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Californians split over sales tax

  • Jun 8, 2016 | Gail Cole

 Voters have approved sales tax rate increases in many parts of California.

Californians around the state were asked to approve or reject proposed sales tax rate increases during the November 6, 2016 election. They were of a split mind.


  • Isleton (Sacramento County) voters approved Measure B, which increases the city sales and use tax rate by 0.5% for five years, beginning October 1, 2016. Revenue will fund fire protection services.
  • Long Beach (Los Angeles County) voters approved the sales and use tax proposed in Measure A. The rate increases by 1% for a period of six years, beginning January 1, 2017, and then declines to a 0.5% rate increase for an additional four years.
  • Marysville (Yuba County) voters approved the additional 1% general purpose sales and use tax proposed in Measure C. It is set to expire October 31, 20126.
  • Pittsburg (Contra Costa County) voters approved the extension of the city’s 0.5% local general sales tax until 2035 (Measure M).
  • San Jose (Santa Clara County) voters approved Measure B, which enacts a 0.25% sales tax for 15 years. Funds will be used to improve police response and expand gang prevention, make improvements to city streets, improve 911 emergency services, and maintain the city’s long-term financial stability. The rate increase will take effect October 1, 2016 and expire September 30, 2031, unless extended by voter approval.

Too close to call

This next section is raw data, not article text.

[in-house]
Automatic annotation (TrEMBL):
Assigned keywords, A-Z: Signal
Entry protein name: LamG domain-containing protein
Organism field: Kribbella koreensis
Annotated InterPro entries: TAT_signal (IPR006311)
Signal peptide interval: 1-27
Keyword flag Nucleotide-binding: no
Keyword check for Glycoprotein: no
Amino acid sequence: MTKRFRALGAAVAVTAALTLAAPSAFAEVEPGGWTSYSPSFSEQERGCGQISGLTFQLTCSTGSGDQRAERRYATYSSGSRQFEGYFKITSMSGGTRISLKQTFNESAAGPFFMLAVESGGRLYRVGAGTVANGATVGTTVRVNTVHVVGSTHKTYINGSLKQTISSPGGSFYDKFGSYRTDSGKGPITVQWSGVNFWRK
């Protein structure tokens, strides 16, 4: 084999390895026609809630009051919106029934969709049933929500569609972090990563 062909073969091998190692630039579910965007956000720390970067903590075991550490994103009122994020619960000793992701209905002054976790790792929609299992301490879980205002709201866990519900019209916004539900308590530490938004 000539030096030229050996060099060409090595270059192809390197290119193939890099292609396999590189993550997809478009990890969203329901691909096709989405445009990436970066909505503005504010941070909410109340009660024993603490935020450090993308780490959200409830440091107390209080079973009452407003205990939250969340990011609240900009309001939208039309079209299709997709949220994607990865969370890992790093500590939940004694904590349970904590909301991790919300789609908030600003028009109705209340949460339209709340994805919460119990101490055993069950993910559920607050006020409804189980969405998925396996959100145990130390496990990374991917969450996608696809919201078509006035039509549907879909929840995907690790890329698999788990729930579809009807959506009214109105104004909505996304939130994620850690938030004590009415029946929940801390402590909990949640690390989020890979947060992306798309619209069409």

• A majority of Kings County voters voted in favor of Measure K, which seeks to enact a 0.25% sales and use tax to fund the police and fire departments of the county and its four cities. As of this writing, however, it is uncertain if the measure will obtain the two-thirds supermajority it needs to pass. If enacted, it is set to take effect January 1, 2017, unless the state extends the 0.25% Proposition 30 sales tax January 1, 2017.


  • Compton (Los Angeles County) Measure P needed a two-thirds supermajority to pass, but a majority of voters have rejected the proposed 1% sales tax increase.
  • Hemet (Riverside County) voters rejected Measure E, which sought to impose an additional sales tax of 1% to generate revenue for police and fire protection services.
  • Kern County voters rejected an additional sales tax of 0.125%, which would have raised revenue for library services (Measure F).
  • Napa County rejected the 0.25% sales tax rate increase proposed in Measure Y.
  • San Benito County voters rejected a proposed additional 0.5% county sales tax (Measure P).
  • A slim majority of Siskiyou County voters approved Measure S, which sought to increase the county sales tax by 0.5% to fund a construction loan for a new jail. However, the measure required a two-thirds supermajority vote to pass.
  • Solano County voters rejected a proposed 0.5% sales tax (Measure H).

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Sales tax rates, rules, and regulations change frequently. Although we hope you'll find this information helpful, this blog is for informational purposes only and does not provide legal or tax advice.
Gail Cole
Avalara Author
Gail Cole
Gail Cole
Avalara Author Gail Cole
Gail began researching and writing about sales tax in 2012 and has been fascinated with it ever since. She has a penchant for uncovering unusual tax facts, and endeavors to make complex sales tax laws more digestible for both experts and laypeople.